Cosmetic blepharoplasty
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Just like our body, our eyes also go through an ageing process. Many of those who want a facial uplift also seek a cosmetic correction of their tired and ageing eyes. Cosmetic blepharoplasty is a surgical procedure for enhancing the look of the eye. Performed on the upper and lower eyelid, this cosmetic therapy is highly popular for its short recovery span and instant results. It is also favored for its ability to be performed under an outpatient ambience under local anesthesia (oral sedation), making it a comfortable and speedy process.

Upper eyelid blepharoplasty

Patients, who want to bring back the youthfulness to their drooping and haggard upper eyelids, choose to undergo upper eyelid blepharoplasty. The skin of the eyelids becomes redundant and flabby as a part of the natural ageing process. This sagging skin is called ‘blepharochalasia’.

This occurs when the skin of the upper eyelid loses its innate elasticity and suppleness, which also causes the skin and associated form of the forehead to deteriorate. Hence, the eyebrow drops over the orbital rim and sags on the upper eyelid.

A few other causes of drooping eyelids are hypertrophic orbicularis muscle, protuberant adipose tissue from the upper fat pads or a rarer factor of lateral fullness caused by a ptotic lacrimal gland. It is vital to pinpoint the causes leading to these upper eyelid syndromes in order to get optimal results from upper eyelid blepharoplasty. Generally, it is performed on patients with either one or a combination of all these conditions.

Preoperative planning

After the identification of the indications, there are a few other procedures before the surgery takes places. They are:

A routine medical history overview: This includes a mandatory inspection for a history of Graves’ disease, connective tissue diseases associated with a clinical or subclinical sicca syndrome or a history of a bleeding problem.

Physical check-up: A detailed physical examination and standardized photography to evaluate any existing asymmetry is also vital. An up-to-date and total visual investigation is also required in order to trace chances of glaucoma or macular disease. This visual examination also reviews the features and competence of the tear film.

An instructive session: Patients must also be given some idea about the procedure they would undergo. This should include a discussion with the patient on their outlook about the extent of skin removal and the associated structuring of the crease etc. A detailed discussion of the complications of this process is also essential. The patient must also be told that they cannot use lenses during the postoperative period.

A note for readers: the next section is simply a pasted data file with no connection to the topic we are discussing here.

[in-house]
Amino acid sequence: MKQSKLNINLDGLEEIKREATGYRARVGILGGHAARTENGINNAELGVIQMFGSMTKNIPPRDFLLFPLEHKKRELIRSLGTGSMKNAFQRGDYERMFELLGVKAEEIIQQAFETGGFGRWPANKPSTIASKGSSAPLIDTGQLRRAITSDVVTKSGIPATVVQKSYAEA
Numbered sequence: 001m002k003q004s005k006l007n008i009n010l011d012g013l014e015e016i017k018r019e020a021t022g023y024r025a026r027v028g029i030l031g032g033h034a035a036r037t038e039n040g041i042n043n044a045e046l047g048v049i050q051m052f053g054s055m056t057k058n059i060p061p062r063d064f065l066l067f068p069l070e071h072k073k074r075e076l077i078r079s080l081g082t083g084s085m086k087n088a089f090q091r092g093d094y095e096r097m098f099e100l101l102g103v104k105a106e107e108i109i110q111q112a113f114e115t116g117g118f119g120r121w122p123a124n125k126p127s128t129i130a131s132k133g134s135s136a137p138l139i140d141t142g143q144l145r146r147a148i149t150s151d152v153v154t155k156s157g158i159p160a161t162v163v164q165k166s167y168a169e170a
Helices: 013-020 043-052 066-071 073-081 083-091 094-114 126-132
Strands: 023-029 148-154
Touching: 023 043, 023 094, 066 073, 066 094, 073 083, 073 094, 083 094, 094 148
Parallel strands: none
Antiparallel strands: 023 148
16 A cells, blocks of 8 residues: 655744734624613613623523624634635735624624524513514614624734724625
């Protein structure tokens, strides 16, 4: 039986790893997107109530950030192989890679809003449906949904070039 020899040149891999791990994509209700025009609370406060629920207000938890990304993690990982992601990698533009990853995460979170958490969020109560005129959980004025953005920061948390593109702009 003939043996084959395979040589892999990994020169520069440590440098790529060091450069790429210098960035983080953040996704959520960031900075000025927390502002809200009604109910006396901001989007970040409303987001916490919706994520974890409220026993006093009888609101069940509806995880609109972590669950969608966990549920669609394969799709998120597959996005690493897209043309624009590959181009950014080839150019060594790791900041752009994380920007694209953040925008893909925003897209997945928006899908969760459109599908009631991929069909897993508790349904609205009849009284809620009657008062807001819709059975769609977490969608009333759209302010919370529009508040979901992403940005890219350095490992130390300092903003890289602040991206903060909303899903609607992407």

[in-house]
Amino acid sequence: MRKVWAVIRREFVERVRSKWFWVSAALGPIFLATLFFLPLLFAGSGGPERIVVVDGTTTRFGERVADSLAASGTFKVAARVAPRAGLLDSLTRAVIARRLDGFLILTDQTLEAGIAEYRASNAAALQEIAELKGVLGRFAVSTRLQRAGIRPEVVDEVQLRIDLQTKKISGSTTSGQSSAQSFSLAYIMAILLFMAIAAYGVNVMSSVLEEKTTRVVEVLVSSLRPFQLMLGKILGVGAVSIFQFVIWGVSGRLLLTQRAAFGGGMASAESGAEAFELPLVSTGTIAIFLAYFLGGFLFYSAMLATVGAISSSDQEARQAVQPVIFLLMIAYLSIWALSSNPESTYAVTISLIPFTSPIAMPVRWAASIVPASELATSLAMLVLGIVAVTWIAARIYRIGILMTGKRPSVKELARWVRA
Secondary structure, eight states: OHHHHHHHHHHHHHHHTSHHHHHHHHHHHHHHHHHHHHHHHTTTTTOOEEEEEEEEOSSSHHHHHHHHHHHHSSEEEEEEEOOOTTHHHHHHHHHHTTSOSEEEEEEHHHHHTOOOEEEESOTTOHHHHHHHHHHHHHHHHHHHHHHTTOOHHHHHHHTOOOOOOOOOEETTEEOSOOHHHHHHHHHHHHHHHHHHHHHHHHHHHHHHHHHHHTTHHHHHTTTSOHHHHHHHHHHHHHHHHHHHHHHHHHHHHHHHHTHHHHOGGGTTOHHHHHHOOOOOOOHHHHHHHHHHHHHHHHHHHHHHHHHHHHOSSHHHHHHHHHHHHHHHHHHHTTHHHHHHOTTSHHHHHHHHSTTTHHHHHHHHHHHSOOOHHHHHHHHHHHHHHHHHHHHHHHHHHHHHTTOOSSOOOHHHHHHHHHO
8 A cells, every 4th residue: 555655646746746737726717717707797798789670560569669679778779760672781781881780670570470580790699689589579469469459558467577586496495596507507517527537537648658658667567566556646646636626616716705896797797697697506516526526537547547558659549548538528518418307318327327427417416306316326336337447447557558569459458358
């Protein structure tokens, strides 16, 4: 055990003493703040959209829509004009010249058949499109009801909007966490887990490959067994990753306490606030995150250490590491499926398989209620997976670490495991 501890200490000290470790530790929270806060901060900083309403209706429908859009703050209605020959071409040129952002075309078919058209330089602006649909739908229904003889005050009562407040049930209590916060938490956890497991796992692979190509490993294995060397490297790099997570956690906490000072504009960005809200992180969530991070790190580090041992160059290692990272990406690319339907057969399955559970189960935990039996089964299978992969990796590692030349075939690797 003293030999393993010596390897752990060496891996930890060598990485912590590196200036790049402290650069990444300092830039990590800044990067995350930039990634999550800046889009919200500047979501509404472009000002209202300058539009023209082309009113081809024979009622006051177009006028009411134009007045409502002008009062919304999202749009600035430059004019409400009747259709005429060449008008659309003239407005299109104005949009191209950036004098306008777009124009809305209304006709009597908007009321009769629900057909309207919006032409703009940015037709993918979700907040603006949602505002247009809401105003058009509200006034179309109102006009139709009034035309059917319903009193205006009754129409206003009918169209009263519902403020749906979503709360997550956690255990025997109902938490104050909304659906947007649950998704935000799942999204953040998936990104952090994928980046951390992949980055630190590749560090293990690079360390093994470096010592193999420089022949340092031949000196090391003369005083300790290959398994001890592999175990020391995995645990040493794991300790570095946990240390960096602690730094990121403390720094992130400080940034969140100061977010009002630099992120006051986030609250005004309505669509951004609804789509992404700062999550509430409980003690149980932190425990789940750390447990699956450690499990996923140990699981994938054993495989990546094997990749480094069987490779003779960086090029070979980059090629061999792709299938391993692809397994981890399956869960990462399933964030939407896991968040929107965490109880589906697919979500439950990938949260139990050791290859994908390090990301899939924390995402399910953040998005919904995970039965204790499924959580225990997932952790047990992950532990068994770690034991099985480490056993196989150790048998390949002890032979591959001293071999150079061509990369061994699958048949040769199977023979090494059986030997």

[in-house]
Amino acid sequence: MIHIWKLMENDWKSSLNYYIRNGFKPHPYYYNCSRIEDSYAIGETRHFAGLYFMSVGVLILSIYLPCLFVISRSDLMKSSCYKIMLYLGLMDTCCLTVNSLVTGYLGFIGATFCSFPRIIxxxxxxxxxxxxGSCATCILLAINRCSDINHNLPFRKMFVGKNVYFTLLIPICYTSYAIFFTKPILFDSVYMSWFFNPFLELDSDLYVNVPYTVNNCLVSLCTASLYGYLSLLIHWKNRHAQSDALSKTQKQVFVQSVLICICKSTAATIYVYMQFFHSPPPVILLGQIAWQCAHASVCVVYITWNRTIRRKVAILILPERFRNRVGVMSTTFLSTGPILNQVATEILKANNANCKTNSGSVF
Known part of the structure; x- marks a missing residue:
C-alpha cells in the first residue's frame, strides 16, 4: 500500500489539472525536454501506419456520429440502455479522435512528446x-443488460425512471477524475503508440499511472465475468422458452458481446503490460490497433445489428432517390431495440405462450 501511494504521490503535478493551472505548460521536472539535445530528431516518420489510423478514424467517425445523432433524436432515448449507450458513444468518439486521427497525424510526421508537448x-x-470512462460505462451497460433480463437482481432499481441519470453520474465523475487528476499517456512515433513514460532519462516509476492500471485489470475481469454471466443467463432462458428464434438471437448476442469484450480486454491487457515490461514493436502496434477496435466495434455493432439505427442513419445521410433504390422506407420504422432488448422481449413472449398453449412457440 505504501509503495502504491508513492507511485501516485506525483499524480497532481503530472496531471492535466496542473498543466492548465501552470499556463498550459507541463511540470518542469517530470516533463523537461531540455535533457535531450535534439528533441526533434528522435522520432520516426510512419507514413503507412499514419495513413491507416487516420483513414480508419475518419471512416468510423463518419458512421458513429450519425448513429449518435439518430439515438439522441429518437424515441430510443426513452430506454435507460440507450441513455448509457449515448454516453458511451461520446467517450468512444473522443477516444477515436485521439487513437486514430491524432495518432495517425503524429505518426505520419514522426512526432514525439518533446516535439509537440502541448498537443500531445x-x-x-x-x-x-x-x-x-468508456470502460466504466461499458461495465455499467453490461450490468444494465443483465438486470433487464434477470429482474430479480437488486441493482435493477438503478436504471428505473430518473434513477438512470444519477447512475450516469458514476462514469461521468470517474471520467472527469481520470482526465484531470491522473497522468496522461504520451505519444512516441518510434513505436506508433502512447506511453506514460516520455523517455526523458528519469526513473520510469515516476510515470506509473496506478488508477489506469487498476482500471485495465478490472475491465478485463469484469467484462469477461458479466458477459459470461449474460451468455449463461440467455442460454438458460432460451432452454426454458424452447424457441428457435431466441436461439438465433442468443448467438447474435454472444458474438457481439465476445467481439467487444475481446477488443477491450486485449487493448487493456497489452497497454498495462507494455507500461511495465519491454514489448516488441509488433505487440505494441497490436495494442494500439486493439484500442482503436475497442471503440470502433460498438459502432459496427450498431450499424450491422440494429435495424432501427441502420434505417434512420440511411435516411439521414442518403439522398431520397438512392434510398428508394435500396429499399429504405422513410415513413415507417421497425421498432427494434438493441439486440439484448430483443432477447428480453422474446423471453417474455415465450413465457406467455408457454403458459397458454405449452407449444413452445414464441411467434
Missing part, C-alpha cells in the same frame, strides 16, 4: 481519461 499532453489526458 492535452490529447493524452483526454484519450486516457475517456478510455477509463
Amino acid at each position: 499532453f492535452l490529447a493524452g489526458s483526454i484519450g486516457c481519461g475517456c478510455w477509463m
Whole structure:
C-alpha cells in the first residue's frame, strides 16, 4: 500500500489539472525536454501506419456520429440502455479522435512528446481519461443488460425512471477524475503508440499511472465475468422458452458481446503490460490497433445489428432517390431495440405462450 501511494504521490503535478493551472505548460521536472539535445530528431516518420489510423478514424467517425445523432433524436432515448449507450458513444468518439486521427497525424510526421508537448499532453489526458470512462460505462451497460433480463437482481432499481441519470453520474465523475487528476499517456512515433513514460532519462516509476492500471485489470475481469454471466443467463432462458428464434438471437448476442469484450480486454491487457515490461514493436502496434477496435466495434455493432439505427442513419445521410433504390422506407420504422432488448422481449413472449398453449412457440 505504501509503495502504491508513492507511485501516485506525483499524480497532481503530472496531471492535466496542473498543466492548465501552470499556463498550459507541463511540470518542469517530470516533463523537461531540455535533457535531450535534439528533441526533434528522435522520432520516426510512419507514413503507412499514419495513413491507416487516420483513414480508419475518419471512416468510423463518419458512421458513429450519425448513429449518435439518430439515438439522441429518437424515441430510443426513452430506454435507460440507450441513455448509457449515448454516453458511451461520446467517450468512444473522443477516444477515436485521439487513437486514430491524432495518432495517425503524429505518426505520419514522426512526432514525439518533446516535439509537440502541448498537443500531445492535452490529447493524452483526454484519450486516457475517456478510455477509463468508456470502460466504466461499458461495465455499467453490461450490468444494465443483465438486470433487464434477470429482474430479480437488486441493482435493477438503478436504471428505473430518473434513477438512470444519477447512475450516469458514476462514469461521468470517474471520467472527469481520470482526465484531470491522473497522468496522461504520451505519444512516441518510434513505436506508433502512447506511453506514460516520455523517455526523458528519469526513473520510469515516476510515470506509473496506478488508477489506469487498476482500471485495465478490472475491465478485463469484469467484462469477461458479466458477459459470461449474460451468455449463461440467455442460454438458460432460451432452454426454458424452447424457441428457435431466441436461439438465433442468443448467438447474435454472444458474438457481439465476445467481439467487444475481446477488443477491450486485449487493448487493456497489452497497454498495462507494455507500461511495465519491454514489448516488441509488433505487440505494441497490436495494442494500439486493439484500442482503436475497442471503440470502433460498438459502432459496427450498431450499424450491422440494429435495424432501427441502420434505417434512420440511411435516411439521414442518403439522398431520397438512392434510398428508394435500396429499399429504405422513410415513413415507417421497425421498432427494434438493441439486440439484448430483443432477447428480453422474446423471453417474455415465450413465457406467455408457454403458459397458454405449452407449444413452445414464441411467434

Next comes a few surgical assessments like the condition of the redundant tissues of the forehead and the eyelids, an evaluation of the patient based on gender (since the anatomy of a male and female eyebrow differs), the need for a brow lift, forehead correction, evaluation of the condition of the skin tissues etc.

Preoperative marking of eyelids: This is a technical process that involves the marking of the surgical incision on the eyelids. This is crucial and must be done accurately to ensure conformity in the distance of the incisions on both eyelids.

The surgical procedure

The surgical process consists of three steps

  1. Lifting the myocutaneous flap
  2. Removal of surplus fat (optional, depending on patient condition)
  3. Sealing of the wound

Lower eyelid blepharoplasty

Those with the common complaint of “bags under the eye” often seek lower eyelid blepharoplasty. These bags are medically defined as ‘herniated retro-orbital fat that is protruding anteriorly’. This also gives a haggard and aged look to the face. Gentle palpation often gives temporary relief from these 'bags' by a slight lifting of the globe and palpebral conjunctiva of the eye. Lower eyelid blepharoplasty is the best way to remove this sagging fat and correct this facial defect.

Lower eyelid blepharoplasty can be performed following two common approaches: the transcutaneous or subciliary approach and the transconjunctival blepharoplasty.

The latter is generally the preferred mode because it helps conceal and fade out the surgical scars better. The subciliary approach also has its advantage in its ability to remove the redundant infraorbital skin during the sealing of the incision. However, this skin elimination process involves the risk of scar contraction followed by a condition termed as ectropion. Elderly patients, who have a more sagging lower eyelid, are more vulnerable to this. Moreover, this scar contracture and ectropion cannot be easily corrected.

Surgical and pre-surgical steps

The subciliary or transcutaneous approach consists of the following steps:

  • Preoperative markings
  • Surgical procedure
  • Removal of surplus skin
  • Sealing of the wound

The transconjunctival approach involves the following:

  • Preoperative markings
  • Operative process
  • Postoperative wound care with the use of ophthalmic ointment and artificial tears

Both these procedures also involve a crucial correction of the tear trough deformity.

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